‘I felt like my eyeballs were going to pop out’: Student whose head swelled to twice its normal size after medical trial at London hospital speak of 12-year battle for compensation
- Nav Modi, then 24, had multiple organ failure and was in intensive care for days
- He felt like his brain was on fire after being given the drug TGN 1412 in London
- Five other volunteers were left fighting for their lives at Northwick Park Hospital
- The 36-year-old from East London claims US firm Parexel have not paid a penny
Nav Modi, who suffered a devastating reaction after a drugs trial at Northwick Park Hospital in London in 2006 when he was 24
A student whose head swelled to twice its normal size after taking part in a botched drugs trial still hasn’t been compensated 12 years after his devastating reaction.
Nav Modi, then 24, was in agony just an hour after being given the medication. He said he felt like his eyeballs were going to pop out and that his brain was on fire.
The terrified student, who was studying at the London School of Economics, had planned to buy a new laptop with the £2,000 he would be paid for taking part.
But he suffered multiple organ failure and was in intensive care for four days.
Nav, now 36 and a father-of-one, claims the drugs firm are refusing to pay out or even apologise.
Five other volunteers were also left fighting for their lives after being given the injection at Northwick Park Hospital in London in March 2006.
Among them was trainee plumber Ryan Wilson, then 21, who had all his toes and several fingertips amputated after suffering a devastating reaction.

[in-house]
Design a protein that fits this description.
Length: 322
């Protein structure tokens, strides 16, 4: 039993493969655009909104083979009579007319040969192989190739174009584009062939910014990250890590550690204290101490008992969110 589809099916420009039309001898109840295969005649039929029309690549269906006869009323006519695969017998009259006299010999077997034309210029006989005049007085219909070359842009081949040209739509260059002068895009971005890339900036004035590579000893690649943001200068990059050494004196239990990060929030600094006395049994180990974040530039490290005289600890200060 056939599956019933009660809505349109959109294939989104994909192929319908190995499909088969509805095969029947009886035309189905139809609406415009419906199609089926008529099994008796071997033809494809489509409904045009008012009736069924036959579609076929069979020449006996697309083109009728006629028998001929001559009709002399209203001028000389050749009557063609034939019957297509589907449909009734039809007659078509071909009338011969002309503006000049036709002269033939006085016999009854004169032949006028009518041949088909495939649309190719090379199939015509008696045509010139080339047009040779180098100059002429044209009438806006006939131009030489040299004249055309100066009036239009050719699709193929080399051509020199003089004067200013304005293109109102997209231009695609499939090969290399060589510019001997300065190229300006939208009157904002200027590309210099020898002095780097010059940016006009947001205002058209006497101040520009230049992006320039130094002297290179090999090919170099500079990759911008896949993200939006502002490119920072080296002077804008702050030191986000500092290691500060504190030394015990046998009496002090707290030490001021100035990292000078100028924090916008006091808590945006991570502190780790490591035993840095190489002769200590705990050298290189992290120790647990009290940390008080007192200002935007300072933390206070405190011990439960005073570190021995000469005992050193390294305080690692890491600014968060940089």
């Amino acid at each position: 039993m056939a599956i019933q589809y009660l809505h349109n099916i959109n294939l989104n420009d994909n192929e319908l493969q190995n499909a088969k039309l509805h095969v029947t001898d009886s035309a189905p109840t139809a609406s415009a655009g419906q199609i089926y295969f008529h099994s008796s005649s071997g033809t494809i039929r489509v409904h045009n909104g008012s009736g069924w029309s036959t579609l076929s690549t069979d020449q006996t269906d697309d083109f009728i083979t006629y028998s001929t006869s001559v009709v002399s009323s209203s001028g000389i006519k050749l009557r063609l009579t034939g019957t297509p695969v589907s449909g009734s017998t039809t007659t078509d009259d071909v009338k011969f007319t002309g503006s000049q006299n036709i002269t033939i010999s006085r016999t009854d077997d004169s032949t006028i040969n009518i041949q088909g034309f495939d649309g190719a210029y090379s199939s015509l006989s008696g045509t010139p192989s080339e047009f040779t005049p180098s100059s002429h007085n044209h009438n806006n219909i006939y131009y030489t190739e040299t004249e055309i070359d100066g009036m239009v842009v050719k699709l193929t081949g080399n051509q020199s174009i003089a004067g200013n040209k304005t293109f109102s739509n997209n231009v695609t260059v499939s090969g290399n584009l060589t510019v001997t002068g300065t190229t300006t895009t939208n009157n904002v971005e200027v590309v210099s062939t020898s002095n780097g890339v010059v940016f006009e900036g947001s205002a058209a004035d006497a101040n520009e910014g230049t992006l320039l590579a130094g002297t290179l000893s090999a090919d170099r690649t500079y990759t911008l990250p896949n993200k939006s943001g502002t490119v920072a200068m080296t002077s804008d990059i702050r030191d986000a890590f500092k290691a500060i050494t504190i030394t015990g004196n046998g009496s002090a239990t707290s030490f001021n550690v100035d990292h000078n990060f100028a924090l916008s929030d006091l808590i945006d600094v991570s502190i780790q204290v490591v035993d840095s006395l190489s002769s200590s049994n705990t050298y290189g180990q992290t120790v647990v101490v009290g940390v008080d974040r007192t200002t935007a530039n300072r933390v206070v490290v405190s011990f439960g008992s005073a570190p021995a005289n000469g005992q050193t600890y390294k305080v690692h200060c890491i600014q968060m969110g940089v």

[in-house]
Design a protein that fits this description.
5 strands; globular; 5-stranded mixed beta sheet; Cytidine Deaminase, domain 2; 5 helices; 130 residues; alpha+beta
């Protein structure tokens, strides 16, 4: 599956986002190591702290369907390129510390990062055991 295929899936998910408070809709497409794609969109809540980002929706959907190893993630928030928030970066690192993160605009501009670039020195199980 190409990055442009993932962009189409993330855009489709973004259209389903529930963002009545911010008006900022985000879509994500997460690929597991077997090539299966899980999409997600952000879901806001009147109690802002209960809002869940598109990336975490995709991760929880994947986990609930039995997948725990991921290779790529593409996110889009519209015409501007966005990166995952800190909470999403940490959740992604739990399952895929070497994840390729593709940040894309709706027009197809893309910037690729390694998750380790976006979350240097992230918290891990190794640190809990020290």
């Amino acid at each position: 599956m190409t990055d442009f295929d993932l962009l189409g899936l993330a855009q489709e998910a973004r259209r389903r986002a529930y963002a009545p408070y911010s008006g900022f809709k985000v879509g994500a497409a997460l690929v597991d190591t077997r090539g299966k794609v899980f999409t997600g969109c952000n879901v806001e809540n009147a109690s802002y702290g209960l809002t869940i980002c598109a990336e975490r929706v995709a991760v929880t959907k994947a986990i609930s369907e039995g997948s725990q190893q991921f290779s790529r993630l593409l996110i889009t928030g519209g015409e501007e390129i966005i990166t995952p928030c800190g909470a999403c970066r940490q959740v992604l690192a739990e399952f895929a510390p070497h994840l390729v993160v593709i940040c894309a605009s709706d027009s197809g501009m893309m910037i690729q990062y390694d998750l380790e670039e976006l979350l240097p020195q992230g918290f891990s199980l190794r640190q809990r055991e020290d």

Scientists had said the drug, being tested as a potential treatment for leukaemia and autoimmune diseases, had been tried out on two monkeys without any problems.
‘It was very scary, we were all left in the dark. Nobody knew what happened,’ he told The Sun Online.
‘Nobody ever admitted it was their fault. Instead we were made to feel that we had committed a crime.
He added: ‘All they seem to care about is their profits.’
Nav, from Forest Gate, East London, moved back to India to stay with his family because he was too anxious to carry on living alone.
He was left vulnerable to auto immune diseases and cancer, developed a strong allergy to pollen and and feared his life would be cut short.
Nav, now 36 and a father-of-one, claims the drugs firm are refusing to pay out or even apologise
The trial was organised by US firm Parexel and the drug – called TGN 1412 – was manufactured by German company TeGenero, which is no longer in operation.
A Parexel spokesman said: ‘Parexel not able to discuss the specifics of any one patient-related matter to ensure the privacy for our patients and confidentiality for our clients.
‘Patients are at the centre of our mission to provide expertise, experience and innovation to help advances in preventing and curing disease.
‘As we conduct clinical trials for biopharmaceutical and medical device companies, patient safety is our top priority.’
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